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They’re Christian. They’re Gay. Get Used To It. 

He'd heard it before, but somehow this time was different. Black gay men, the pastor's words read, are a "disgrace to the race."

All his Baptist-believing life, Jeffrey Knight Williams had been told inside and outside the sanctuary that homosexuality was wrong. For most of his life, Williams had struggled to reconcile his attraction to men with the condemning interpretations of scripture he heard in church.

That day, after reading his pastor's column, he decided there would be no more of that.

No more sitting before a man of God and being castigated for who he was. No more feeling awkward as the message from the pulpit deepened the conflict within.

When Williams read the printed message that expressed even more harshly the sentiments he had heard regularly on Sunday, he vowed never to return to that church.

"I just decided I wasn't going to take that, and I didn't have to," Williams, a 41-year-old engineer in Charlotte, recounted recently. "I wasn't going to subject myself to that."

Thus marked a momentous point in his journey from a Christian who kept his sexuality hidden to a Christian whose faith told him he was OK with God.

Struggle for acceptance

For years, gay and lesbian Christians have struggled for acceptance within their churches.

Public efforts like Soulforce, a Virginia advocacy group co-founded by Mel White, a former ghostwriter for conservative Christians such as Jerry Falwell and Pat Robertson, have adopted the nonviolent protest techniques of Gandhi and King. The group has picketed denomination conventions as clergy and laity inside debated gay issues. Founders White and Gary Nixon have been regulars at Falwell's Thomas Road Baptist Church in Lynchburg. And private efforts, from heartfelt conversations with pastors to impassioned debates with parishioners, have exposed rifts and changed churches.

Below the surface are the debates that go on not just behind closed doors but also within the recesses of human conscience, both gay and straight. For gays and lesbians who read the Bible, pray regularly and attend church, the path to reconciling their faith and sexuality can be a particularly painful journey.

Even more painful than their internal struggles can be the messages from religious leaders who say their faith is fraudulent if they don't renounce their "gay lifestyle." Not many gays have escaped the thundering reminder of Scriptural interpretations that traditionalists say deliver an unyielding rebuke of homosexuality. And then there are the popular cultural stereotypes, which don't exactly portray gays and lesbians as concerned with religion.

But those who identify themselves as gay and Christian tread the path nonetheless, as a burgeoning network of churches and pastors becomes more welcoming. Some gays and lesbians have blended in at churches with understanding pastors. Some are finding homes in churches that have publicly welcomed gays. Still others are seeking out predominantly gay congregations.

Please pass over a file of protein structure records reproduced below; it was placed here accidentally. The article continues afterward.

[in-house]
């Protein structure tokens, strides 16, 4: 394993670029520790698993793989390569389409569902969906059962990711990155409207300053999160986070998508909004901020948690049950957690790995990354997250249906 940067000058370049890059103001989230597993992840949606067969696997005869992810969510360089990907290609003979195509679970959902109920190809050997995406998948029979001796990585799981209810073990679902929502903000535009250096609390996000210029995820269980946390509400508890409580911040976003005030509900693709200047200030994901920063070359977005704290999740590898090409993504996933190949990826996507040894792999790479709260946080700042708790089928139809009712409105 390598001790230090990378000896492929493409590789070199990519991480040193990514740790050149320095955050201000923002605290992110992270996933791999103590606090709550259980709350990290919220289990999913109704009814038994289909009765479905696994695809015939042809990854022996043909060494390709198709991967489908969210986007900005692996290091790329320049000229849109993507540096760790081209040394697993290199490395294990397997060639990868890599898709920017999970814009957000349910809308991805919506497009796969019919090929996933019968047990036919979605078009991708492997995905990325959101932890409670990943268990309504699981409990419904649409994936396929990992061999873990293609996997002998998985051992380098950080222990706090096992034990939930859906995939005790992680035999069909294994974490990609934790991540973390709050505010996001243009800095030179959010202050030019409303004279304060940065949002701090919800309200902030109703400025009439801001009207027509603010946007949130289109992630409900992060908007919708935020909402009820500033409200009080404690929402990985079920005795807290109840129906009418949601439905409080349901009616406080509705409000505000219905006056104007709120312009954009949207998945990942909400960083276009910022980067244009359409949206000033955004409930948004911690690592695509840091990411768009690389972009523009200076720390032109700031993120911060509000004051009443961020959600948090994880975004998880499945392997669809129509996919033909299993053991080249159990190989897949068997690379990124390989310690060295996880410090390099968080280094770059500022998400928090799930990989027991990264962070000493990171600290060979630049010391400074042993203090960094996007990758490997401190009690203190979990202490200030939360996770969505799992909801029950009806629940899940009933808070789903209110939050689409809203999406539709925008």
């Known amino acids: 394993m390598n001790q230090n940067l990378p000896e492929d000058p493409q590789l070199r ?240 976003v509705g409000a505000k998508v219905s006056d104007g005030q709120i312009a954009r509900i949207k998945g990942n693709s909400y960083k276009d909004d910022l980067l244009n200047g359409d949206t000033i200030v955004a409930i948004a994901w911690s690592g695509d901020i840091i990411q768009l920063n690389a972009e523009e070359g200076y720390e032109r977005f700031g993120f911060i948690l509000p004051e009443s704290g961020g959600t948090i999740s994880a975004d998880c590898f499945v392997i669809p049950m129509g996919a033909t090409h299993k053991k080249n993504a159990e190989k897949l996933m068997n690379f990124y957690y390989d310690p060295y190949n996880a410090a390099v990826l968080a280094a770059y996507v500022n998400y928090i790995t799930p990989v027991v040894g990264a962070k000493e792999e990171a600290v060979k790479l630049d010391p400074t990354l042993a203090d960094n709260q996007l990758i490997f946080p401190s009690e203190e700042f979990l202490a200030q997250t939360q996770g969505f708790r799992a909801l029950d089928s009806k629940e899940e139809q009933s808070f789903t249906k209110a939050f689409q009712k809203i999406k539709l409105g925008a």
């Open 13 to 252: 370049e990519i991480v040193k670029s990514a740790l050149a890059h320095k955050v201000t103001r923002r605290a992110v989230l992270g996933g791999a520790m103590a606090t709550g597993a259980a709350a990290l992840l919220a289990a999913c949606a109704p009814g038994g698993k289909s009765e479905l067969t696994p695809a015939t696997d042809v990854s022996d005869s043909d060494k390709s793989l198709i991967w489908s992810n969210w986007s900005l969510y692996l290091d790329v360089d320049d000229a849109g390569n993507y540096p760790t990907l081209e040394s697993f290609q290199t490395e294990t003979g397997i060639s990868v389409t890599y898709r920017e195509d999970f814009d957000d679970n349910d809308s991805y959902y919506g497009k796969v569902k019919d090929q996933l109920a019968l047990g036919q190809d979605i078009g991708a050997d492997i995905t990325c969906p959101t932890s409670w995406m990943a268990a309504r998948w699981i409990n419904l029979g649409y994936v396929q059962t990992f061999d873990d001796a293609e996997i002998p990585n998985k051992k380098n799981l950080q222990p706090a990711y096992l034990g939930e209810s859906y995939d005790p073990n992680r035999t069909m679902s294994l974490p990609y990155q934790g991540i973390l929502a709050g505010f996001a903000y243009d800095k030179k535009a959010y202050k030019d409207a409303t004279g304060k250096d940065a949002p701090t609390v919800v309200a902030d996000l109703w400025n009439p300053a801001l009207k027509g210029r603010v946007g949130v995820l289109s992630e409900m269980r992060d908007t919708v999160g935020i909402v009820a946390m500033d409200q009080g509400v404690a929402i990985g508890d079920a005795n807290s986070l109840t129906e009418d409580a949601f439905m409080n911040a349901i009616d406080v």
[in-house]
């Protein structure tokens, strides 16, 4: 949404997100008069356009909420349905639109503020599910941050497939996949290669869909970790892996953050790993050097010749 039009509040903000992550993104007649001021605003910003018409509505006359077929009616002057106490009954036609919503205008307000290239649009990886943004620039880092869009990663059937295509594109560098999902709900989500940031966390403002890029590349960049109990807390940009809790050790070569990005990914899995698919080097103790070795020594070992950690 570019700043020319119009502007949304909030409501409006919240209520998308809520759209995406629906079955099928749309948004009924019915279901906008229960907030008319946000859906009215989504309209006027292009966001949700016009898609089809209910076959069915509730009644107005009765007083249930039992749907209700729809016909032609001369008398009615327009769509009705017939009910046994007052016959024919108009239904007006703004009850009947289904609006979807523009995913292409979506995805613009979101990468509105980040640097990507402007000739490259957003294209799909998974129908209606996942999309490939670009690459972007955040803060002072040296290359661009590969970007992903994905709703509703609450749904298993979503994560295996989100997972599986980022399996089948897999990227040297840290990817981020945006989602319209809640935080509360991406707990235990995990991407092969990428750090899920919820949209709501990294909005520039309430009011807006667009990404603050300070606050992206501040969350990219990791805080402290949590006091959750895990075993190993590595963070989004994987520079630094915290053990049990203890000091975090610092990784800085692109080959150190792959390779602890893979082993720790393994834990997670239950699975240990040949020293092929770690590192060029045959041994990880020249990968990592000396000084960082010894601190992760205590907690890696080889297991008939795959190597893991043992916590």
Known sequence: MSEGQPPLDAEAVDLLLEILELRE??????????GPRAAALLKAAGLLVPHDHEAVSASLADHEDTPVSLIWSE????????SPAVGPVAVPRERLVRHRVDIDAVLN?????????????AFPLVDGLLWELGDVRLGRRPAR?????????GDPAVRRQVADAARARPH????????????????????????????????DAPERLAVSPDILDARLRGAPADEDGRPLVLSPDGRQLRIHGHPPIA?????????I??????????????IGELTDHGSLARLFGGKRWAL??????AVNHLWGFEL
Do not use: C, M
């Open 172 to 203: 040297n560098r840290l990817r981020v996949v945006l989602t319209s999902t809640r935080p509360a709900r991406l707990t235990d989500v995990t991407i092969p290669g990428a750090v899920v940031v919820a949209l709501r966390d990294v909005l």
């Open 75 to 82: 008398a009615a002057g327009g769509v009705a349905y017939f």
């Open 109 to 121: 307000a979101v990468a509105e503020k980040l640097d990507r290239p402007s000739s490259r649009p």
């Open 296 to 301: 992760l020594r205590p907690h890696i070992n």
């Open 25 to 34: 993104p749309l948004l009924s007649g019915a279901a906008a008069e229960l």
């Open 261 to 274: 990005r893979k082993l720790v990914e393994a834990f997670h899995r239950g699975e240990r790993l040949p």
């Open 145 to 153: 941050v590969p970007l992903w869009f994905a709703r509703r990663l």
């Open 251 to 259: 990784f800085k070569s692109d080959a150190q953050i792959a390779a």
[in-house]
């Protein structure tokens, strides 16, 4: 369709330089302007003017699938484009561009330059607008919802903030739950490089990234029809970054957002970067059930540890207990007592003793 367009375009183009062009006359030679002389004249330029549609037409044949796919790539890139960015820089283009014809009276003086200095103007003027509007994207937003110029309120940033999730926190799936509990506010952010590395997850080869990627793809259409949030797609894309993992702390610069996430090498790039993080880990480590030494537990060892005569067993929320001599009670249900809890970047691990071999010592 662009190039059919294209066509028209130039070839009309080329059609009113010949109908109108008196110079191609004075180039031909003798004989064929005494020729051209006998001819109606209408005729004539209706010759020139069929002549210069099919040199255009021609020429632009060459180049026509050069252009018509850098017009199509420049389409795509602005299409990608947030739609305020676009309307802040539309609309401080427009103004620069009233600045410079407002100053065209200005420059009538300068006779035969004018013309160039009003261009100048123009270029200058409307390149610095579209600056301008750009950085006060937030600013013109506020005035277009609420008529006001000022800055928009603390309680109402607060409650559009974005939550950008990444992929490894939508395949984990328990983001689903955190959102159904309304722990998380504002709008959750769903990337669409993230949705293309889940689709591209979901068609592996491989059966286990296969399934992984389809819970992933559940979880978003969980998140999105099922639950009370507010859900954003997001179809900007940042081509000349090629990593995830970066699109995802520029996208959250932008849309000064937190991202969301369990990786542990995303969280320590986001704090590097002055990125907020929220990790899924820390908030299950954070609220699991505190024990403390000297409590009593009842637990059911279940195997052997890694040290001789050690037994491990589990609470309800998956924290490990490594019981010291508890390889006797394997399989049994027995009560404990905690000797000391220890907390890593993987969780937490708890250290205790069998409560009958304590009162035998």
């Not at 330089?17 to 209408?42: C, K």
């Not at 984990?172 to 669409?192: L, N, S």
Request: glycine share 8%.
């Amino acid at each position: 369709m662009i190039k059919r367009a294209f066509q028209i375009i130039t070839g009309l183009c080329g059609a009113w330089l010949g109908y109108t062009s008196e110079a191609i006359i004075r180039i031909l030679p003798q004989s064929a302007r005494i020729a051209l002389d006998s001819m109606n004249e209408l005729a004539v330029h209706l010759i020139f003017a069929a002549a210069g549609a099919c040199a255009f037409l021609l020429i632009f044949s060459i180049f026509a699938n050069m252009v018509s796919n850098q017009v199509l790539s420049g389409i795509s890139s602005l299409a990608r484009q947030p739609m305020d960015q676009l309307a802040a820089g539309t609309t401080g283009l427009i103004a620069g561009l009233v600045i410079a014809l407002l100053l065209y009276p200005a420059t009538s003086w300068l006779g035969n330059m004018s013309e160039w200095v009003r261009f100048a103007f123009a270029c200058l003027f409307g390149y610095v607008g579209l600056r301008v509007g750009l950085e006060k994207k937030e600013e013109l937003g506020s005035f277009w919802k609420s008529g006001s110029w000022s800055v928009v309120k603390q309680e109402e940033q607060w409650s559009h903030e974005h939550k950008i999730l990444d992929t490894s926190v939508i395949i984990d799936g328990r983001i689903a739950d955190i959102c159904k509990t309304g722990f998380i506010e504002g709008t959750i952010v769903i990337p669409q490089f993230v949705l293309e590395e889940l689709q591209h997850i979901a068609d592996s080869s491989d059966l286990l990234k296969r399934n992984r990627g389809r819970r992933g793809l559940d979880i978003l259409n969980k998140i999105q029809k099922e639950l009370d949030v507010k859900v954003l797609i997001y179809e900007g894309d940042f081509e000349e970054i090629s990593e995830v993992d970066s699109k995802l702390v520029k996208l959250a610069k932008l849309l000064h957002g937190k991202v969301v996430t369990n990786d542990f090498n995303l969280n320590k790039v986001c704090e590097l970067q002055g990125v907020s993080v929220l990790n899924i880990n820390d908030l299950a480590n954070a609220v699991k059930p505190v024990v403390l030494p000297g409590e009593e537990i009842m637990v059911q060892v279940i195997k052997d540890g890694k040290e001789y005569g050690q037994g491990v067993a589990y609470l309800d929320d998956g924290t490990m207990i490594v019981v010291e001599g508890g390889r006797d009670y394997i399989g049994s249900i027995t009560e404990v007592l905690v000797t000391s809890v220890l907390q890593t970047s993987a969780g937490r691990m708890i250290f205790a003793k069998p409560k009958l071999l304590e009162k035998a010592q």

"Just because you're gay, you don't have to bend in your faith or your church or your synagogue or what have you," said Santiago Hernandez of Raleigh, president of North Carolina's only chapter of the Log Cabin Republicans, a conservative gay group.

For many gays and lesbians, that's a realization that comes only after many years of introspection, self-realization and determination.

Breaking through the walls

John Mayes was always in the church.

From his earliest memories, scarcely a service started without this son of three generations of Presbyterian ministers. It wasn't family fealty that delivered him to the pew, he recalled recently. If anything, the precocious Mayes was more conservative than his father, chiding the older man for nursing a bourbon-and-coke after a long day of counseling parishioners.

Nevertheless, the questions of Mayes' sexuality that nagged at him became spoken when a neighbor asked Mayes' father about the new earring his son was sporting. The question came bluntly: "Is your son gay?"

Mayes confessed his struggle to sympathetic parents, but that isn't to say he felt they were accepting — or even that he was.

"I had this image of myself as not being a good person," said Mayes, 40. "It's not like I had done anything (sexually), but I was ashamed of who I knew myself to be."

His religious faith led him to the Presbyterian School of Christian Education in Virginia, where he earned a graduate degree and trained to become a youth minister. He knew other gay people there, and he even attended a coming-out party for a fellow student. But he didn't trust himself to let his guard down with either straights or gays.

"I put up walls," he said. "You begin to develop behavior to hide yourself, because you recognize that you or something in society says it's wrong. You spend so much time hiding and pretending, it's just unhealthy."

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